Agriculture needs a stable workforce in 2024

Brian Duncan
Posted 2/6/24

Finding and affording labor are among the top challenges Illinois farmers, suppliers and processors tell me they face in 2024.

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Agriculture needs a stable workforce in 2024


Finding and affording labor are among the top challenges Illinois farmers, suppliers and processors tell me they face in 2024.

From locating qualified truck drivers to haul grain, to sourcing enough hands to pick vegetables or manage livestock, the shortage of links in the transportation and agricultural supply chains continues to undermine food access and threaten the financial health of farms in Illinois and nationwide.

I spotlighted last spring in a FarmWeek column the shortage of available local labor to fill valuable agricultural jobs. This shortfall has existed in rural communities for years, was amplified during the COVID pandemic and continues to grow.

This reality has ultimately led more farmers to depend on immigrant workers, with producers turning to options like the H-2A temporary agricultural program, the H-2B temporary non-agricultural worker program or the trade national visa program for skilled workers classified as nonimmigrants.

Those who have navigated the H-2A program know just how cumbersome and expensive the program has become, chiefly due to its unsustainable and unpredictable wage increases and misguided rulemaking.

Illinois farmers can expect more of the same this upcoming growing season, as the state’s Adverse Effect Wage Rate (AEWR) is set to increase 6% from 2023. Nationwide, farmers planning to use H-2A workers in 2024 will have to raise wages in some states up to 15%, according to calculations by American Farm Bureau Federation (AFBF).

Contributing to this increase are eight new rules advanced by the U.S. Department of Labor in 2023. One rule, finalized in March, impacts how a state’s AEWR is calculated.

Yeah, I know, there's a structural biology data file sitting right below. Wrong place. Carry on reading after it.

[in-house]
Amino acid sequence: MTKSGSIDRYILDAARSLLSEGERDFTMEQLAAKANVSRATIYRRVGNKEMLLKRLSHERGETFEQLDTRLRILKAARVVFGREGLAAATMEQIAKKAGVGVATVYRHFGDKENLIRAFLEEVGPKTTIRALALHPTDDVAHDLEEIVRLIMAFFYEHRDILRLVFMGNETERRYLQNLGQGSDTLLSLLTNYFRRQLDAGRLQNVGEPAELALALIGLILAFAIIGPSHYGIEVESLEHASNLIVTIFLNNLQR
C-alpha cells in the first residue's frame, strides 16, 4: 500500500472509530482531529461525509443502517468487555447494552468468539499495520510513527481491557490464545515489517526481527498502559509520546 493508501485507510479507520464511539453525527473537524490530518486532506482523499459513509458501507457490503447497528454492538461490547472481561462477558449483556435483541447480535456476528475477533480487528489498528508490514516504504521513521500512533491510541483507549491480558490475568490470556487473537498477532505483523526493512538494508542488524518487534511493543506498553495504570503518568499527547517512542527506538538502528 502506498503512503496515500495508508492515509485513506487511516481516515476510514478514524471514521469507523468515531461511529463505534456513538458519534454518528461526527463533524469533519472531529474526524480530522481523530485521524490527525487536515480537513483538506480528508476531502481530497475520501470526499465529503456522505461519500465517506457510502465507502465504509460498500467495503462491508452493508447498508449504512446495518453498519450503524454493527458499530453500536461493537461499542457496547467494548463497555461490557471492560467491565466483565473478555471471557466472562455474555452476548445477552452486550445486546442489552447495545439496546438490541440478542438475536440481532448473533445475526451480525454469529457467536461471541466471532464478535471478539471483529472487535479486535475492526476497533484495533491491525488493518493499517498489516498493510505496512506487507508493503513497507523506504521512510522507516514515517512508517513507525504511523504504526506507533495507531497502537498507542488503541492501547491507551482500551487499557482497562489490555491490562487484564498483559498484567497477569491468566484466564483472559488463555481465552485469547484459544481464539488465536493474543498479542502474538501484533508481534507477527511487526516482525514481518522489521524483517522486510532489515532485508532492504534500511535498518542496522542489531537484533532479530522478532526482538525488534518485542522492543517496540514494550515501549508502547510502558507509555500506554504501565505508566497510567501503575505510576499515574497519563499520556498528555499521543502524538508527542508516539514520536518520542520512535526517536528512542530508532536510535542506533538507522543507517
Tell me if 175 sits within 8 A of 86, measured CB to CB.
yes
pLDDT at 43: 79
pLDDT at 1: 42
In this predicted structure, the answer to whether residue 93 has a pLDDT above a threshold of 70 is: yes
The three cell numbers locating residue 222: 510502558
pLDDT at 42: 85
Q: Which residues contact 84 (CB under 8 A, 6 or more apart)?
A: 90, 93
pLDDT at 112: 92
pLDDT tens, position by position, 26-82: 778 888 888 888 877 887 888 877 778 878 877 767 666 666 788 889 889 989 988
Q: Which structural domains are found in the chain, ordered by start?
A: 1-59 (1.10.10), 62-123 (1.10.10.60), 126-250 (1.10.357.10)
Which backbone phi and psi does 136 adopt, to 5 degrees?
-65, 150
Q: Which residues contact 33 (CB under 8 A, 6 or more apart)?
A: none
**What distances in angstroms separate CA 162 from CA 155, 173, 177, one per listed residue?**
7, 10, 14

Specifically, the rule disaggregates wage rates by job function and derives the new rates from non-farm data, which does not reflect market wages for ag employees. Ag employers will be required to pay the rates, regardless of their inaccuracies or what percentage of an employee’s contract they devote to certain tasks.

This new rulemaking alone is estimated to add double-digit increases in labor costs, according to AFBF.

In fact, this is the sixth straight year of elevated wage growth for H-2A workers, with the rate of hourly wage growth outpacing all other private employees. H-2A employers will also face additional program costs stemming from required housing and transportation for workers.

For smaller farming operations, many of which are interested in hiring just one or two temporary workers, the complexity of the process and the cost of complying with new requirements will be especially detrimental.

I have met with Midwest state Farm Bureau presidents and the AFBF Board of Directors to discuss all the difficulties farmers are facing with labor and with the H-2A program, specifically.

One of the biggest challenges in trying to find solutions in this space is that legislative and regulatory remedies soon become entangled in the broader discussion of immigration reform. Congress in past years has tried and failed to advance many pieces of legislation around immigration. The Dignity Act of 2023 was the latest attempt.

This type of broad legislation eventually becomes the home for divisive political issues like employer liability protection and private right of action, the annual number of visas allowed, visa holder touchback requirements and expedited immigration processes. These kinds of polarizing issues make passage of any legislation difficult.

In light of this, AFBF board members decided farm needs were urgent enough to prioritize two immediate legislative solutions: a freeze of wages at 2023 levels for three years and a rollback of the DOL’s AEWR methodology that was enacted in March.

AFBF President Zippy Duvall sent a letter in December, calling on congressional leaders to look for any opportunity to enact these legislative priorities. Illinois Farm Bureau (IFB) has followed up with our congressional delegation expressing both the urgency of the problem and the critical need for solutions.

Illinois farmers are committed to paying a fair wage, but they cannot pay well beyond the means of their farm incomes, which are forecast to fall this year.

Along with completing the vital work of the 2023 farm bill, IFB is also committed to working with elected officials from both parties in 2024 to find meaningful ways to modernize guestworker programs and stabilize our workforce.

Solutions to worker shortages in the U.S. agricultural supply chain are needed to not only ensure farms remain economically sustainable, but more importantly maintain food security, and, ultimately, our national security.

Brian Duncan of Polo and Ogle County is the Illinois Farm Bureau president. This story was distributed through a cooperative project between Illinois Farm Bureau and the Illinois Press Association. For more food and farming news, visit